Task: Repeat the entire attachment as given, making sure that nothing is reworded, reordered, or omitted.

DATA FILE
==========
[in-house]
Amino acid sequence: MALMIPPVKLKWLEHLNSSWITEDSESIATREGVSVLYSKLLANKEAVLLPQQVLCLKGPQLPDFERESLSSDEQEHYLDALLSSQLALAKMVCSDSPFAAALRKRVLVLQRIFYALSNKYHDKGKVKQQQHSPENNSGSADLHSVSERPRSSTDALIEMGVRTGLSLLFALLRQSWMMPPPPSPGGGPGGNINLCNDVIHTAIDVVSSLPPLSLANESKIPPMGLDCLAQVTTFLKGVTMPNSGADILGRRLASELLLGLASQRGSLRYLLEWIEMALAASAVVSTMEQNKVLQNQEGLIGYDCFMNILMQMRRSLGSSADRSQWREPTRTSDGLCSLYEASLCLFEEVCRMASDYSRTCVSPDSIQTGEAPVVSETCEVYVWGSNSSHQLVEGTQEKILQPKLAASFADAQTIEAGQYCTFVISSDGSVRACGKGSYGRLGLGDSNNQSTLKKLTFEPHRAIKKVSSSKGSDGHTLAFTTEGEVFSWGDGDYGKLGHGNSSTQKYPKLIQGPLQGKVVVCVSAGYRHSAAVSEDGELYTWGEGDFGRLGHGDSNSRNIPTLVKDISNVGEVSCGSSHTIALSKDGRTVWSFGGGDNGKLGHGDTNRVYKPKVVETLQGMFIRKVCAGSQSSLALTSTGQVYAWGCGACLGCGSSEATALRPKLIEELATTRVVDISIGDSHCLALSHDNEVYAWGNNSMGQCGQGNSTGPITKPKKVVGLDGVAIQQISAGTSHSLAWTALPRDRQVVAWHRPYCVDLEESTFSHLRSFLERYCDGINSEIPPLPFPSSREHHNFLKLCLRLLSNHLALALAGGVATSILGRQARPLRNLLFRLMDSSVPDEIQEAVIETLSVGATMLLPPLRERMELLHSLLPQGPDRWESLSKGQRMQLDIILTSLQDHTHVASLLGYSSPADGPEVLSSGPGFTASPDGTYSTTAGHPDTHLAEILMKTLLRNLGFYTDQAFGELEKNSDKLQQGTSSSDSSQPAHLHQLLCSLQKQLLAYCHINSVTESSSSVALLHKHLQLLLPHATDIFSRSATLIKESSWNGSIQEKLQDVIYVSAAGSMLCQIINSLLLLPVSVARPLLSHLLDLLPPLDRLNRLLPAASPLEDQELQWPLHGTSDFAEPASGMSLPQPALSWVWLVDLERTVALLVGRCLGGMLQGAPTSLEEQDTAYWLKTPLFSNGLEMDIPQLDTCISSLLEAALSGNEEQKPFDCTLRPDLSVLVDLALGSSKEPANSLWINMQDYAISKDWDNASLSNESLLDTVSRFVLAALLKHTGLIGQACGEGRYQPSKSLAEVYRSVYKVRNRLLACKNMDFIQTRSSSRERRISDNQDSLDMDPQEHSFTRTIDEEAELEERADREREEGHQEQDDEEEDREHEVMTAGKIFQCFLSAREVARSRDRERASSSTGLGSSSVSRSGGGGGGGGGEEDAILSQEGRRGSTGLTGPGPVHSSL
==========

[in-house]
Amino acid sequence: MALMIPPVKLKWLEHLNSSWITEDSESIATREGVSVLYSKLLANKEAVLLPQQVLCLKGPQLPDFERESLSSDEQEHYLDALLSSQLALAKMVCSDSPFAAALRKRVLVLQRIFYALSNKYHDKGKVKQQQHSPENNSGSADLHSVSERPRSSTDALIEMGVRTGLSLLFALLRQSWMMPPPPSPGGGPGGNINLCNDVIHTAIDVVSSLPPLSLANESKIPPMGLDCLAQVTTFLKGVTMPNSGADILGRRLASELLLGLASQRGSLRYLLEWIEMALAASAVVSTMEQNKVLQNQEGLIGYDCFMNILMQMRRSLGSSADRSQWREPTRTSDGLCSLYEASLCLFEEVCRMASDYSRTCVSPDSIQTGEAPVVSETCEVYVWGSNSSHQLVEGTQEKILQPKLAASFADAQTIEAGQYCTFVISSDGSVRACGKGSYGRLGLGDSNNQSTLKKLTFEPHRAIKKVSSSKGSDGHTLAFTTEGEVFSWGDGDYGKLGHGNSSTQKYPKLIQGPLQGKVVVCVSAGYRHSAAVSEDGELYTWGEGDFGRLGHGDSNSRNIPTLVKDISNVGEVSCGSSHTIALSKDGRTVWSFGGGDNGKLGHGDTNRVYKPKVVETLQGMFIRKVCAGSQSSLALTSTGQVYAWGCGACLGCGSSEATALRPKLIEELATTRVVDISIGDSHCLALSHDNEVYAWGNNSMGQCGQGNSTGPITKPKKVVGLDGVAIQQISAGTSHSLAWTALPRDRQVVAWHRPYCVDLEESTFSHLRSFLERYCDGINSEIPPLPFPSSREHHNFLKLCLRLLSNHLALALAGGVATSILGRQARPLRNLLFRLMDSSVPDEIQEAVIETLSVGATMLLPPLRERMELLHSLLPQGPDRWESLSKGQRMQLDIILTSLQDHTHVASLLGYSSPADGPEVLSSGPGFTASPDGTYSTTAGHPDTHLAEILMKTLLRNLGFYTDQAFGELEKNSDKLQQGTSSSDSSQPAHLHQLLCSLQKQLLAYCHINSVTESSSSVALLHKHLQLLLPHATDIFSRSATLIKESSWNGSIQEKLQDVIYVSAAGSMLCQIINSLLLLPVSVARPLLSHLLDLLPPLDRLNRLLPAASPLEDQELQWPLHGTSDFAEPASGMSLPQPALSWVWLVDLERTVALLVGRCLGGMLQGAPTSLEEQDTAYWLKTPLFSNGLEMDIPQLDTCISSLLEAALSGNEEQKPFDCTLRPDLSVLVDLALGSSKEPANSLWINMQDYAISKDWDNASLSNESLLDTVSRFVLAALLKHTGLIGQACGEGRYQPSKSLAEVYRSVYKVRNRLLACKNMDFIQTRSSSRERRISDNQDSLDMDPQEHSFTRTIDEEAELEERADREREEGHQEQDDEEEDREHEVMTAGKIFQCFLSAREVARSRDRERASSSTGLGSSSVSRSGGGGGGGGGEEDAILSQEGRRGSTGLTGPGPVHSSL